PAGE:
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How to Identify Ming Porcelain Characteristics

Updated April 17, 2017

China's Ming dynasty lasted from 1368 to 1644. In terms of porcelain manufacture, this period is associated with a high level of technical and artistic refinement, with production centred around the imperial ceramic factory in Jiangxi province. Wares ranged from small wine bowls and so-called stem cups -- small bowls resting on a tall, tapering foot -- to ewers and various sizes and shapes of lidded jars. Identifying genuine Ming isn't easy, but the clues to doing so lie in the porcelain itself and the kinds of decoration used.

Look first at the porcelain itself. Because Chinese potters of this period were technically expert and well-supplied with raw materials, such as china clay, the porcelain should be flawlessly white. This is especially so with porcelain from the imperial factory, which exercised ruthless quality control, destroying inferior pieces.

Examine the kind of decoration. Many pieces from this period have surfaces adorned with incised and moulded patterns. Colour was used in a variety of subtle ways. In "au hau" or hidden decoration, these incised patterns were highlighted with a white slip (a thin solution of clay and water) that could only be seen in certain lights. On "doucai" wares, a design was sketched in blue, then filled in with washes of green, red, purple and yellow. But the Ming period is best known for its blue and white offerings, which ranged from a deep blue (made possible by the import of high-quality cobalt from the Middle East) to greyish and purplish blue (as the Chinese used their own, less-pure sources of cobalt).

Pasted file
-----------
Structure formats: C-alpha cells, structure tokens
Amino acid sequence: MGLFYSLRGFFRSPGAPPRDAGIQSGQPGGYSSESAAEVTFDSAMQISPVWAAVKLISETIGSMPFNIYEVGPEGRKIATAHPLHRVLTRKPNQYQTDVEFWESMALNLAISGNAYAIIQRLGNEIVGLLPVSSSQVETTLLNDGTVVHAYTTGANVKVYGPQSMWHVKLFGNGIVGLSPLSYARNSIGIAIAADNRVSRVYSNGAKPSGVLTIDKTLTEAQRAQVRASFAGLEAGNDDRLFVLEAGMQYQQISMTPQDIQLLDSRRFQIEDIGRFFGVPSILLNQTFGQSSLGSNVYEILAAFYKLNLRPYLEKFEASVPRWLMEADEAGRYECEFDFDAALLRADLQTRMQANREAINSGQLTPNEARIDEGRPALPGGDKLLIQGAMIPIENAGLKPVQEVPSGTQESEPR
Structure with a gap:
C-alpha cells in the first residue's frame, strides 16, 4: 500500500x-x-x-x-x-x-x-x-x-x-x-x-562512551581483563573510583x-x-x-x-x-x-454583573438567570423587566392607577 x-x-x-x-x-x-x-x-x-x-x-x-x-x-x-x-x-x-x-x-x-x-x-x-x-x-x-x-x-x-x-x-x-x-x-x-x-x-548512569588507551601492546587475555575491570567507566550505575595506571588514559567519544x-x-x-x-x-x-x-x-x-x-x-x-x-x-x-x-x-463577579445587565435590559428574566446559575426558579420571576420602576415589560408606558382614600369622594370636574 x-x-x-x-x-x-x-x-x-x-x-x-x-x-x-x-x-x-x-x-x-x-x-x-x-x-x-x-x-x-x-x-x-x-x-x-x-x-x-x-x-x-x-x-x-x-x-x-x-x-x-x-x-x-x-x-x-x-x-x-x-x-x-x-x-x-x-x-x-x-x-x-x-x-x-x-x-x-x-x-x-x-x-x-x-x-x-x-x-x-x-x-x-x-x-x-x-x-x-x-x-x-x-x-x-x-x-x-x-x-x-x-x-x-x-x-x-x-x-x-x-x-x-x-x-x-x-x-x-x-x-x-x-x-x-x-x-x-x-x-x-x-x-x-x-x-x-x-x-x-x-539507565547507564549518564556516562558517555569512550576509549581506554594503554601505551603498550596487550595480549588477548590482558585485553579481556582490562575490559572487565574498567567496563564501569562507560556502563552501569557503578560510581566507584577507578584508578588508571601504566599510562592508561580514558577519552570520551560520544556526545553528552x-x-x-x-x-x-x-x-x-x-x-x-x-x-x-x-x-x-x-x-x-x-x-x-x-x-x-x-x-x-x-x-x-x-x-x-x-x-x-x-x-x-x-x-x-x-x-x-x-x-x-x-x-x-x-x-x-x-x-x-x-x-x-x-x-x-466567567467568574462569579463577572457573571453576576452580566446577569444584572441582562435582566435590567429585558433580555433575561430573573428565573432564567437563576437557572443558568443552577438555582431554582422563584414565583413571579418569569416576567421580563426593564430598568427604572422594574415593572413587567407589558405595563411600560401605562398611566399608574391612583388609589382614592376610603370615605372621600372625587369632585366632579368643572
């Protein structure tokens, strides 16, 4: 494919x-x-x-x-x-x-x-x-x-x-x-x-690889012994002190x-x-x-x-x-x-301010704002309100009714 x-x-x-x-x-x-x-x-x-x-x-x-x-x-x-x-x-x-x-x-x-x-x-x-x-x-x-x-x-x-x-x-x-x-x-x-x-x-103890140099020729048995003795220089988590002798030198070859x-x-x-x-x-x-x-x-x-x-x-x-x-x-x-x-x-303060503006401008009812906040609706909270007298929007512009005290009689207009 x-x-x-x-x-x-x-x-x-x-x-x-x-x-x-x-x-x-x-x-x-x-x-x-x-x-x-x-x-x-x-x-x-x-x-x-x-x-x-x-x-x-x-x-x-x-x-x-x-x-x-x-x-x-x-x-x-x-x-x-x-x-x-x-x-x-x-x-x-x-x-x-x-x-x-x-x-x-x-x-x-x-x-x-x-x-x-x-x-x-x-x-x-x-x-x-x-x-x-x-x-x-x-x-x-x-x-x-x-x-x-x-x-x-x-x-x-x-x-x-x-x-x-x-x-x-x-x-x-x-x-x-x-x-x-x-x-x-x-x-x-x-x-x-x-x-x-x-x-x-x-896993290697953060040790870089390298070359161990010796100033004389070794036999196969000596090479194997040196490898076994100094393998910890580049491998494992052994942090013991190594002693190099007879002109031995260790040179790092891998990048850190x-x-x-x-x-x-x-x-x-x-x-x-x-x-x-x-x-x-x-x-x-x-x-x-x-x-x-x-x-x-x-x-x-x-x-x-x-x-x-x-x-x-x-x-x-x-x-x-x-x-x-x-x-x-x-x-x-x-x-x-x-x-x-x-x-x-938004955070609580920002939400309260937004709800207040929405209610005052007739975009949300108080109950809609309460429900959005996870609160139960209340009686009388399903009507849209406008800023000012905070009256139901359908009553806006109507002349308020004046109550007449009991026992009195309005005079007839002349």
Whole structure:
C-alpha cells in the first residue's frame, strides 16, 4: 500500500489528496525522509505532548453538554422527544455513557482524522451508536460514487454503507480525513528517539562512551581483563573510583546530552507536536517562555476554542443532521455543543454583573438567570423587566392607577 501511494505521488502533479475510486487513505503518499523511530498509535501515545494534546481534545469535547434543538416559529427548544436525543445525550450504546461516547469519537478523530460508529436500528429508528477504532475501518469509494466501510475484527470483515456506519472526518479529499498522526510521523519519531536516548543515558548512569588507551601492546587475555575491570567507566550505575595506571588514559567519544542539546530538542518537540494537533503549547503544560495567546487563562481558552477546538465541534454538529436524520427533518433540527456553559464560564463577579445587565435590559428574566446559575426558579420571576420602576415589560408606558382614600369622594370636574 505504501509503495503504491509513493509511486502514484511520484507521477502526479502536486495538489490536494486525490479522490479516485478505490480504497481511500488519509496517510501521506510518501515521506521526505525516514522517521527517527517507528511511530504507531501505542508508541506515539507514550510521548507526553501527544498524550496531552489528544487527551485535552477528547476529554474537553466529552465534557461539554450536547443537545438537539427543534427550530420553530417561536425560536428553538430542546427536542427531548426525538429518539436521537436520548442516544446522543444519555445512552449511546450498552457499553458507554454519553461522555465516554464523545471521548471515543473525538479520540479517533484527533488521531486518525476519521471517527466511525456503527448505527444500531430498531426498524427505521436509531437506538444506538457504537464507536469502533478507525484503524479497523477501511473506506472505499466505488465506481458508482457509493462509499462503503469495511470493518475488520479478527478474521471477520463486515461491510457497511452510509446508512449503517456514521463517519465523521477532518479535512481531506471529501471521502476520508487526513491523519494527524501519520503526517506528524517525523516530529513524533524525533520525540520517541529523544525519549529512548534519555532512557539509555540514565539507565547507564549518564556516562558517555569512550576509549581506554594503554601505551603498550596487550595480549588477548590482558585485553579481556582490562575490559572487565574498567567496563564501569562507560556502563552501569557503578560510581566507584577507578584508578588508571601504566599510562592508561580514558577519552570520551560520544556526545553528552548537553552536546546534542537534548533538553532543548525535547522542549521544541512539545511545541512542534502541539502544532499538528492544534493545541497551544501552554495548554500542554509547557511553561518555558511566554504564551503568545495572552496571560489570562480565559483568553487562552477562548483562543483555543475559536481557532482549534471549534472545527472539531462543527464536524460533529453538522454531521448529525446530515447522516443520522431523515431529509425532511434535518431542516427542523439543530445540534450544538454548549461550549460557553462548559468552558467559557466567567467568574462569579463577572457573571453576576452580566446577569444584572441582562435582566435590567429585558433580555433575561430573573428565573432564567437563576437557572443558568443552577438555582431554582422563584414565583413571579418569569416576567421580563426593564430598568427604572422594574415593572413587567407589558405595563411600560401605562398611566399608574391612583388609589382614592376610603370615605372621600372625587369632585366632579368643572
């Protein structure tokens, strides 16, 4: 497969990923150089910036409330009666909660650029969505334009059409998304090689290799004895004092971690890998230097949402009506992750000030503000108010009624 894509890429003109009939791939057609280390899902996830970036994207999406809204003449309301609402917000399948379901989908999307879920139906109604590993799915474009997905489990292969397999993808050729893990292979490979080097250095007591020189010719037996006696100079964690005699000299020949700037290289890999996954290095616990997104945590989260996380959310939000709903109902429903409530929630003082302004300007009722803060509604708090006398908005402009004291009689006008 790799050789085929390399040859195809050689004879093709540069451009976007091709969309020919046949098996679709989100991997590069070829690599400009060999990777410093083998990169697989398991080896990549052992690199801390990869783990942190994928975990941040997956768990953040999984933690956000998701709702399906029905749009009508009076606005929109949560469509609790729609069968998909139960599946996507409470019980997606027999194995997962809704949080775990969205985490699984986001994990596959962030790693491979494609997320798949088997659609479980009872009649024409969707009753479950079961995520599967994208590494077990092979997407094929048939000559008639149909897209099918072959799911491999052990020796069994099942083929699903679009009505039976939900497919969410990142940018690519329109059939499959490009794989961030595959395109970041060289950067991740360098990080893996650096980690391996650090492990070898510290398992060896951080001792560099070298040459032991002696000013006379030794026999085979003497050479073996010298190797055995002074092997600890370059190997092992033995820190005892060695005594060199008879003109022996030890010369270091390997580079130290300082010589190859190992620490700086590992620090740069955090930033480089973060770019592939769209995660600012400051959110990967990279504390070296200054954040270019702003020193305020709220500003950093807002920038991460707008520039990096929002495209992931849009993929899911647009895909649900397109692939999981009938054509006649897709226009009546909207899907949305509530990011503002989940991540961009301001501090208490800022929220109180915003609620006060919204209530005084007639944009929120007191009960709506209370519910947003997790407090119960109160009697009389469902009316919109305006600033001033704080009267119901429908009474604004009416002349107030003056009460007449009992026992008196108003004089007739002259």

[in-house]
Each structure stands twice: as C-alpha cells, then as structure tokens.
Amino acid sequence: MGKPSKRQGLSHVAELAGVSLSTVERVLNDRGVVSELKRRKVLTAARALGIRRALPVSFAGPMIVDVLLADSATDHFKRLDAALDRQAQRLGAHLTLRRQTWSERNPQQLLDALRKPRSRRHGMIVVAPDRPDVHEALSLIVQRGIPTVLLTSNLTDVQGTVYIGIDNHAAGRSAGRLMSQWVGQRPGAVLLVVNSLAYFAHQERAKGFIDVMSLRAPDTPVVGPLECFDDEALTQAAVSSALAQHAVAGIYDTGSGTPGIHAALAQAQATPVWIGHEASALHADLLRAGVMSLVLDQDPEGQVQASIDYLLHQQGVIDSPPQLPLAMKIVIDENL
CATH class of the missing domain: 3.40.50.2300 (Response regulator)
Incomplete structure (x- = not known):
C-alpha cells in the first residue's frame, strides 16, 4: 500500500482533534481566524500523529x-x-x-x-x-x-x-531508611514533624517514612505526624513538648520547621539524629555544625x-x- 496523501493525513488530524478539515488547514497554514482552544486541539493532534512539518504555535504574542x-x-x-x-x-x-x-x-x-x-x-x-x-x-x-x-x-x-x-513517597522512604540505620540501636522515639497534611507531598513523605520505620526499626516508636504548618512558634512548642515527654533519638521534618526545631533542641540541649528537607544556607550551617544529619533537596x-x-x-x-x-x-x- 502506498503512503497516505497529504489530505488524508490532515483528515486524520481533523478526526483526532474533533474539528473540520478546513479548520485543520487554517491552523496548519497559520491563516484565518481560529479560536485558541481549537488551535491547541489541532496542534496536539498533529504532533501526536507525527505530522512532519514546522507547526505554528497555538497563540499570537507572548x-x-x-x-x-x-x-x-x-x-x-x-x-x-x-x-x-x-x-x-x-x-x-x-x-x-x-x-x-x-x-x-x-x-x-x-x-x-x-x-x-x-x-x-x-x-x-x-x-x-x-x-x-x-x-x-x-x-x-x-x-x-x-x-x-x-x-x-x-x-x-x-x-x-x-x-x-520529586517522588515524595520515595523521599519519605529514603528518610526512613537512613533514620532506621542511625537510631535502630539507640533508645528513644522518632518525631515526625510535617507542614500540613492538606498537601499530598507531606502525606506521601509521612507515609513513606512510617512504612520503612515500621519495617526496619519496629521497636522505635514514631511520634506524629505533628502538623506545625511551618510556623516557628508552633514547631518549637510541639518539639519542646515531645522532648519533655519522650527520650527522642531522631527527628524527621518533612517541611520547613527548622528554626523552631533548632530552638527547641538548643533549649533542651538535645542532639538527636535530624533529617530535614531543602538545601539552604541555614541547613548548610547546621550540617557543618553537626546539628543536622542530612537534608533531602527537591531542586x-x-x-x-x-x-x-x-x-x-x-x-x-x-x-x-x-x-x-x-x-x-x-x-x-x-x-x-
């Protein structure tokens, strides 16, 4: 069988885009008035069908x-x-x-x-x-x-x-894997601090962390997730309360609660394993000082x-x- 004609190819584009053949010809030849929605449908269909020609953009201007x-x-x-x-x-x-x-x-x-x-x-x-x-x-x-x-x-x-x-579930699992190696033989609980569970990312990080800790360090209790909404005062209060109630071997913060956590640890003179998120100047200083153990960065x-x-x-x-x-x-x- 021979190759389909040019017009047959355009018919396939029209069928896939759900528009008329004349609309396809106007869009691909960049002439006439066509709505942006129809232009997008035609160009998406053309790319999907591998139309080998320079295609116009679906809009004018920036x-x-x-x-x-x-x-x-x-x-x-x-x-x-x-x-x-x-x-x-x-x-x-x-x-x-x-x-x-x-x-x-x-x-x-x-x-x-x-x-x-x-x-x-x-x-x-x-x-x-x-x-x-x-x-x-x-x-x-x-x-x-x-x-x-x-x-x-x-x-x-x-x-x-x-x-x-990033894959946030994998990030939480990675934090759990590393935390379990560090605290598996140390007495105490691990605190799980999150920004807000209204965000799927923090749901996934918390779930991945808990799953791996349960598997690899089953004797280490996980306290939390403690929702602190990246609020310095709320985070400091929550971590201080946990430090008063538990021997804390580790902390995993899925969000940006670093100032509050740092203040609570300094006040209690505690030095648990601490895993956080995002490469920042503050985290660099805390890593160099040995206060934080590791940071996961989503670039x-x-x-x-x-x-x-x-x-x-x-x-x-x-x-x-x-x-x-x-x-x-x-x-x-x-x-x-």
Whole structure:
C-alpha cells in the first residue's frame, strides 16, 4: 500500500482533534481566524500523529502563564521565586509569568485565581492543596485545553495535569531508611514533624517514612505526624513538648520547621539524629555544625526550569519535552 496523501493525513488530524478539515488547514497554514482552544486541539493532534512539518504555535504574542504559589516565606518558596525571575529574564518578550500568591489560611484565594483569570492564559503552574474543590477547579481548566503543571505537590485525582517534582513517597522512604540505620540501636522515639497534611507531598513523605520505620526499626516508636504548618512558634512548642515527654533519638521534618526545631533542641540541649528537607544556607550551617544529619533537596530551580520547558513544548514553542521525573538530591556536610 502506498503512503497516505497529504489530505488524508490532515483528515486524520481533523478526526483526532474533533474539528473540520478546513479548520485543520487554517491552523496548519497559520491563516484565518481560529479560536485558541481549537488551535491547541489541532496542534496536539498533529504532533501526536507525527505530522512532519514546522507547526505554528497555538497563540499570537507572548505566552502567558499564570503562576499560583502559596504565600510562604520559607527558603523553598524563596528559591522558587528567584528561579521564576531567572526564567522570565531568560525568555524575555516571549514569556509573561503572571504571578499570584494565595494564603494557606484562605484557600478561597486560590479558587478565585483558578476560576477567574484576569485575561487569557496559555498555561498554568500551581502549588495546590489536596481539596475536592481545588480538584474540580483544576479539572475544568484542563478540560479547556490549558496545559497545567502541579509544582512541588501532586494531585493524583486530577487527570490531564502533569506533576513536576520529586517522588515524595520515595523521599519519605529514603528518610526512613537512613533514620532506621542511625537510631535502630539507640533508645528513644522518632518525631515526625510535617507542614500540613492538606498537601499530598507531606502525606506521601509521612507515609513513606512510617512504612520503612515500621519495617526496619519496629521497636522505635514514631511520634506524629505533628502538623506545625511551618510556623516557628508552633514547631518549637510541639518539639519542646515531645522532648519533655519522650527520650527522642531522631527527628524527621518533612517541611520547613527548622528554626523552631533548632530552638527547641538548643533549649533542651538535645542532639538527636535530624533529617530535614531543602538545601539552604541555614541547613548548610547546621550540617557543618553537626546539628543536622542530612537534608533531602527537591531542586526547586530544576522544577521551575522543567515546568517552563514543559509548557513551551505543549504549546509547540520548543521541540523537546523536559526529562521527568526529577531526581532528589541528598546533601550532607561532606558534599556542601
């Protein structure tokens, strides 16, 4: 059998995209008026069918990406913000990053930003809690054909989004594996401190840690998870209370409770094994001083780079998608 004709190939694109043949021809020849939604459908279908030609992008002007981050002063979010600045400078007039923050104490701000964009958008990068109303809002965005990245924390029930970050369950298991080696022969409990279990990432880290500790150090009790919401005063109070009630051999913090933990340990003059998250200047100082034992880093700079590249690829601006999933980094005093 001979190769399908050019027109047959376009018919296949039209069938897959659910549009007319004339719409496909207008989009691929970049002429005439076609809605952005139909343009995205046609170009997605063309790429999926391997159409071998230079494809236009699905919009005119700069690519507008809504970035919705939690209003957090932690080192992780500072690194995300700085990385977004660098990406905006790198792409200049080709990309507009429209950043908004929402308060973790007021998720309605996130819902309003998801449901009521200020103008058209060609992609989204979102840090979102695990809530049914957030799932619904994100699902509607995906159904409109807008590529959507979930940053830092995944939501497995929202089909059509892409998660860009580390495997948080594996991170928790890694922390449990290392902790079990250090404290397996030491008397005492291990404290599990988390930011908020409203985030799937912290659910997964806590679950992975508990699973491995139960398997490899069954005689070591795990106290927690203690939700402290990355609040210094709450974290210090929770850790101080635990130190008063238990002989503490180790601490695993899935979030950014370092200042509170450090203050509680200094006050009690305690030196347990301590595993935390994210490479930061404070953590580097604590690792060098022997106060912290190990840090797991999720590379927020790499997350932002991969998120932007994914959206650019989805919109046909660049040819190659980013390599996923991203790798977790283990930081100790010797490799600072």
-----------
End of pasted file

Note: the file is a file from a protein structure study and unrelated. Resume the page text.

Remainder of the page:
Consider the subject matter portrayed in the decoration. Painted freehand by expert calligraphers, early Ming blue and white pieces often had floral designs contained within panels. Later blue and white wares depicted figures and whole landscapes. Meanwhile, coloured Ming pieces depicted fruit, fish, plants and even chickens.

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About the Author

Based in the United Kingdom, Graham Rix has been writing on the arts, antiquing and other enthusiasms since 1987. He has been published in “The Observer” and “Cosmopolitan.” Rix holds a Master of Arts degree in English from Magdalen College, Oxford.